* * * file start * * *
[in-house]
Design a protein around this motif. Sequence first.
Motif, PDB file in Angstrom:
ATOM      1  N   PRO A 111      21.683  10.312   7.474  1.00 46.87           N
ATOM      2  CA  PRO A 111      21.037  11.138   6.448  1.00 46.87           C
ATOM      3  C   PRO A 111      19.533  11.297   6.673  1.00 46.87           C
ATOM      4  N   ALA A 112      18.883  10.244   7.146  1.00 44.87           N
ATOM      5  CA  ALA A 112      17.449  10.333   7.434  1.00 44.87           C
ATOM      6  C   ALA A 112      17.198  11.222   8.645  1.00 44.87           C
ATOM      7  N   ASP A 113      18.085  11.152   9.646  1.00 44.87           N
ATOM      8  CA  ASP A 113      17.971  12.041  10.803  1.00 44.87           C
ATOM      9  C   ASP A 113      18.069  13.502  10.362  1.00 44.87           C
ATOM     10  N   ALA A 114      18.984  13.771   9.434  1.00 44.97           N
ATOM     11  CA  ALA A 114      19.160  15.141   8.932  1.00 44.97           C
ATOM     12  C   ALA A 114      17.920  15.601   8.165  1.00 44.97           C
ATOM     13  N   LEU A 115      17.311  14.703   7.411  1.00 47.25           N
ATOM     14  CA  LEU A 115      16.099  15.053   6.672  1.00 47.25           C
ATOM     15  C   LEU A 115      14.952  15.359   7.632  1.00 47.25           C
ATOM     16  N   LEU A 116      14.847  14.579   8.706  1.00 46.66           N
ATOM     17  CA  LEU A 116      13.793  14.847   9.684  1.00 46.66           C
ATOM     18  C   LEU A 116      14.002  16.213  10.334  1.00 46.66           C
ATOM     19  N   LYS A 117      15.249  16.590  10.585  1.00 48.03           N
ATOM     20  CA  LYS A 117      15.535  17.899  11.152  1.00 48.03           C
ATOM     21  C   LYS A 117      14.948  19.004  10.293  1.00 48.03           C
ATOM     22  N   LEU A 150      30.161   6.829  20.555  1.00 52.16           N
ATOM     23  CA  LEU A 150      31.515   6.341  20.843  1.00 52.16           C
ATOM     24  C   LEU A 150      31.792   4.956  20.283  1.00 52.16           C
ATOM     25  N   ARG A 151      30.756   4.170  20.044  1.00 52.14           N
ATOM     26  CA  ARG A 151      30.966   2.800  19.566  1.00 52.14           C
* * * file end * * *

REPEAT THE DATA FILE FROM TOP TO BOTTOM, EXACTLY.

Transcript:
[in-house]
Design a protein around this motif. Sequence first.
Motif, PDB file in Angstrom:
ATOM      1  N   PRO A 111      21.683  10.312   7.474  1.00 46.87           N
ATOM      2  CA  PRO A 111      21.037  11.138   6.448  1.00 46.87           C
ATOM      3  C   PRO A 111      19.533  11.297   6.673  1.00 46.87           C
ATOM      4  N   ALA A 112      18.883  10.244   7.146  1.00 44.87           N
ATOM      5  CA  ALA A 112      17.449  10.333   7.434  1.00 44.87           C
ATOM      6  C   ALA A 112      17.198  11.222   8.645  1.00 44.87           C
ATOM      7  N   ASP A 113      18.085  11.152   9.646  1.00 44.87           N
ATOM      8  CA  ASP A 113      17.971  12.041  10.803  1.00 44.87           C
ATOM      9  C   ASP A 113      18.069  13.502  10.362  1.00 44.87           C
ATOM     10  N   ALA A 114      18.984  13.771   9.434  1.00 44.97           N
ATOM     11  CA  ALA A 114      19.160  15.141   8.932  1.00 44.97           C
ATOM     12  C   ALA A 114      17.920  15.601   8.165  1.00 44.97           C
ATOM     13  N   LEU A 115      17.311  14.703   7.411  1.00 47.25           N
ATOM     14  CA  LEU A 115      16.099  15.053   6.672  1.00 47.25           C
ATOM     15  C   LEU A 115      14.952  15.359   7.632  1.00 47.25           C
ATOM     16  N   LEU A 116      14.847  14.579   8.706  1.00 46.66           N
ATOM     17  CA  LEU A 116      13.793  14.847   9.684  1.00 46.66           C
ATOM     18  C   LEU A 116      14.002  16.213  10.334  1.00 46.66           C
ATOM     19  N   LYS A 117      15.249  16.590  10.585  1.00 48.03           N
ATOM     20  CA  LYS A 117      15.535  17.899  11.152  1.00 48.03           C
ATOM     21  C   LYS A 117      14.948  19.004  10.293  1.00 48.03           C
ATOM     22  N   LEU A 150      30.161   6.829  20.555  1.00 52.16           N
ATOM     23  CA  LEU A 150      31.515   6.341  20.843  1.00 52.16           C
ATOM     24  C   LEU A 150      31.792   4.956  20.283  1.00 52.16           C
ATOM     25  N   ARG A 151      30.756   4.170  20.044  1.00 52.14           N
ATOM     26  CA  ARG A 151      30.966   2.800  19.566  1.00 52.14           C